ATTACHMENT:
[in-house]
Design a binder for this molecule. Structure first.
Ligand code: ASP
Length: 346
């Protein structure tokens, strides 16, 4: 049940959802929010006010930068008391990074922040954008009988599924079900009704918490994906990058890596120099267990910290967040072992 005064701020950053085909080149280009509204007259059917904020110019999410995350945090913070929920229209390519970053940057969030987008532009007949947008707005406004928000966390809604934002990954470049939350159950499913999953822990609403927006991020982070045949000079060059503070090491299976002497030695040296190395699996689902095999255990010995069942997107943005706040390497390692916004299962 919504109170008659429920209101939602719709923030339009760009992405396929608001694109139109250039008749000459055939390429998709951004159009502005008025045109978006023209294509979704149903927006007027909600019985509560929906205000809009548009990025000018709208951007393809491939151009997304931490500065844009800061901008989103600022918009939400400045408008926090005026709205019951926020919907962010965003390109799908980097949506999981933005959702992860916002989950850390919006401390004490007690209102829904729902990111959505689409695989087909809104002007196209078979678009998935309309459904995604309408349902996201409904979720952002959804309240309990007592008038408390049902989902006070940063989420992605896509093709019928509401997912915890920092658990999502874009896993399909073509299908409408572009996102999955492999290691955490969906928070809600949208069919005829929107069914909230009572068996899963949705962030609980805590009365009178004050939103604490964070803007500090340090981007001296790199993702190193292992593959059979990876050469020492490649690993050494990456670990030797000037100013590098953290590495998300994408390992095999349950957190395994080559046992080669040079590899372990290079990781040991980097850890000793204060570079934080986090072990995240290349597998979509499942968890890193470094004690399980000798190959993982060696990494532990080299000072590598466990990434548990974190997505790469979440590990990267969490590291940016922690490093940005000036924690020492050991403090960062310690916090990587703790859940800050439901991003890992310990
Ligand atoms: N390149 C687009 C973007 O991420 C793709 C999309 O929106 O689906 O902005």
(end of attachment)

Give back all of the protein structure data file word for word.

[in-house]
Design a binder for this molecule. Structure first.
Ligand code: ASP
Length: 346
């Protein structure tokens, strides 16, 4: 049940959802929010006010930068008391990074922040954008009988599924079900009704918490994906990058890596120099267990910290967040072992 005064701020950053085909080149280009509204007259059917904020110019999410995350945090913070929920229209390519970053940057969030987008532009007949947008707005406004928000966390809604934002990954470049939350159950499913999953822990609403927006991020982070045949000079060059503070090491299976002497030695040296190395699996689902095999255990010995069942997107943005706040390497390692916004299962 919504109170008659429920209101939602719709923030339009760009992405396929608001694109139109250039008749000459055939390429998709951004159009502005008025045109978006023209294509979704149903927006007027909600019985509560929906205000809009548009990025000018709208951007393809491939151009997304931490500065844009800061901008989103600022918009939400400045408008926090005026709205019951926020919907962010965003390109799908980097949506999981933005959702992860916002989950850390919006401390004490007690209102829904729902990111959505689409695989087909809104002007196209078979678009998935309309459904995604309408349902996201409904979720952002959804309240309990007592008038408390049902989902006070940063989420992605896509093709019928509401997912915890920092658990999502874009896993399909073509299908409408572009996102999955492999290691955490969906928070809600949208069919005829929107069914909230009572068996899963949705962030609980805590009365009178004050939103604490964070803007500090340090981007001296790199993702190193292992593959059979990876050469020492490649690993050494990456670990030797000037100013590098953290590495998300994408390992095999349950957190395994080559046992080669040079590899372990290079990781040991980097850890000793204060570079934080986090072990995240290349597998979509499942968890890193470094004690399980000798190959993982060696990494532990080299000072590598466990990434548990974190997505790469979440590990990267969490590291940016922690490093940005000036924690020492050991403090960062310690916090990587703790859940800050439901991003890992310990
Ligand atoms: N390149 C687009 C973007 O991420 C793709 C999309 O929106 O689906 O902005």